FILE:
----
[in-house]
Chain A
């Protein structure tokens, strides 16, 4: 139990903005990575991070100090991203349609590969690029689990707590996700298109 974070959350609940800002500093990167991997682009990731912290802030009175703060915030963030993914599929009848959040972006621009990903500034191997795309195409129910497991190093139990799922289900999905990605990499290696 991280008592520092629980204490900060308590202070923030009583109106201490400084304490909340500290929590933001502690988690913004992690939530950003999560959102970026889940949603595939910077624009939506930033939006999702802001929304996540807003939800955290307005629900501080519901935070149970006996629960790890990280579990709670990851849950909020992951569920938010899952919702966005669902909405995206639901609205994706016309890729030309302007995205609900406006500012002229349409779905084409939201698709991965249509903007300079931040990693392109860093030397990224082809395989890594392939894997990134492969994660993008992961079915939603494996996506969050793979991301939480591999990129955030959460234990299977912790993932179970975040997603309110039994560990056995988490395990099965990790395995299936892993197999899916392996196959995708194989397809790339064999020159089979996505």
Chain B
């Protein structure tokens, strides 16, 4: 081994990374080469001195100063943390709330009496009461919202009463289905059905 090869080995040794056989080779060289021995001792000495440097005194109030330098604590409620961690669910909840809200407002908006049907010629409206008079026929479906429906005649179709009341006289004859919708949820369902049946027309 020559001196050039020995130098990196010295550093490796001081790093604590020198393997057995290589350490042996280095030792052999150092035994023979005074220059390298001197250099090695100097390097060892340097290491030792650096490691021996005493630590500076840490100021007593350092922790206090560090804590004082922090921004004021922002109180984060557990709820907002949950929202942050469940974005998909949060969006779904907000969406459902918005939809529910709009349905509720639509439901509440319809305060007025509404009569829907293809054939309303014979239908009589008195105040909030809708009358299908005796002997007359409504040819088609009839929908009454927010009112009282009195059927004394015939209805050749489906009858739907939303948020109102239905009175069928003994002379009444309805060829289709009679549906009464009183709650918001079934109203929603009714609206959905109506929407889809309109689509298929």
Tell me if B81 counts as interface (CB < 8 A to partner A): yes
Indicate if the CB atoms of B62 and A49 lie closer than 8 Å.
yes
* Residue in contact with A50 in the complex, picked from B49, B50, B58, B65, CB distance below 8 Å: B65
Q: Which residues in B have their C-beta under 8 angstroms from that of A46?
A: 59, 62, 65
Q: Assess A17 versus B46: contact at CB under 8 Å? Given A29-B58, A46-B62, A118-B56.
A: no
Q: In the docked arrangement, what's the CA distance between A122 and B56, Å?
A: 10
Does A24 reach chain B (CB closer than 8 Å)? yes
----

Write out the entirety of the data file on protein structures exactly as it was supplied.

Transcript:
[in-house]
Chain A
């Protein structure tokens, strides 16, 4: 139990903005990575991070100090991203349609590969690029689990707590996700298109 974070959350609940800002500093990167991997682009990731912290802030009175703060915030963030993914599929009848959040972006621009990903500034191997795309195409129910497991190093139990799922289900999905990605990499290696 991280008592520092629980204490900060308590202070923030009583109106201490400084304490909340500290929590933001502690988690913004992690939530950003999560959102970026889940949603595939910077624009939506930033939006999702802001929304996540807003939800955290307005629900501080519901935070149970006996629960790890990280579990709670990851849950909020992951569920938010899952919702966005669902909405995206639901609205994706016309890729030309302007995205609900406006500012002229349409779905084409939201698709991965249509903007300079931040990693392109860093030397990224082809395989890594392939894997990134492969994660993008992961079915939603494996996506969050793979991301939480591999990129955030959460234990299977912790993932179970975040997603309110039994560990056995988490395990099965990790395995299936892993197999899916392996196959995708194989397809790339064999020159089979996505």
Chain B
């Protein structure tokens, strides 16, 4: 081994990374080469001195100063943390709330009496009461919202009463289905059905 090869080995040794056989080779060289021995001792000495440097005194109030330098604590409620961690669910909840809200407002908006049907010629409206008079026929479906429906005649179709009341006289004859919708949820369902049946027309 020559001196050039020995130098990196010295550093490796001081790093604590020198393997057995290589350490042996280095030792052999150092035994023979005074220059390298001197250099090695100097390097060892340097290491030792650096490691021996005493630590500076840490100021007593350092922790206090560090804590004082922090921004004021922002109180984060557990709820907002949950929202942050469940974005998909949060969006779904907000969406459902918005939809529910709009349905509720639509439901509440319809305060007025509404009569829907293809054939309303014979239908009589008195105040909030809708009358299908005796002997007359409504040819088609009839929908009454927010009112009282009195059927004394015939209805050749489906009858739907939303948020109102239905009175069928003994002379009444309805060829289709009679549906009464009183709650918001079934109203929603009714609206959905109506929407889809309109689509298929």
Tell me if B81 counts as interface (CB < 8 A to partner A): yes
Indicate if the CB atoms of B62 and A49 lie closer than 8 Å.
yes
* Residue in contact with A50 in the complex, picked from B49, B50, B58, B65, CB distance below 8 Å: B65
Q: Which residues in B have their C-beta under 8 angstroms from that of A46?
A: 59, 62, 65
Q: Assess A17 versus B46: contact at CB under 8 Å? Given A29-B58, A46-B62, A118-B56.
A: no
Q: In the docked arrangement, what's the CA distance between A122 and B56, Å?
A: 10
Does A24 reach chain B (CB closer than 8 Å)? yes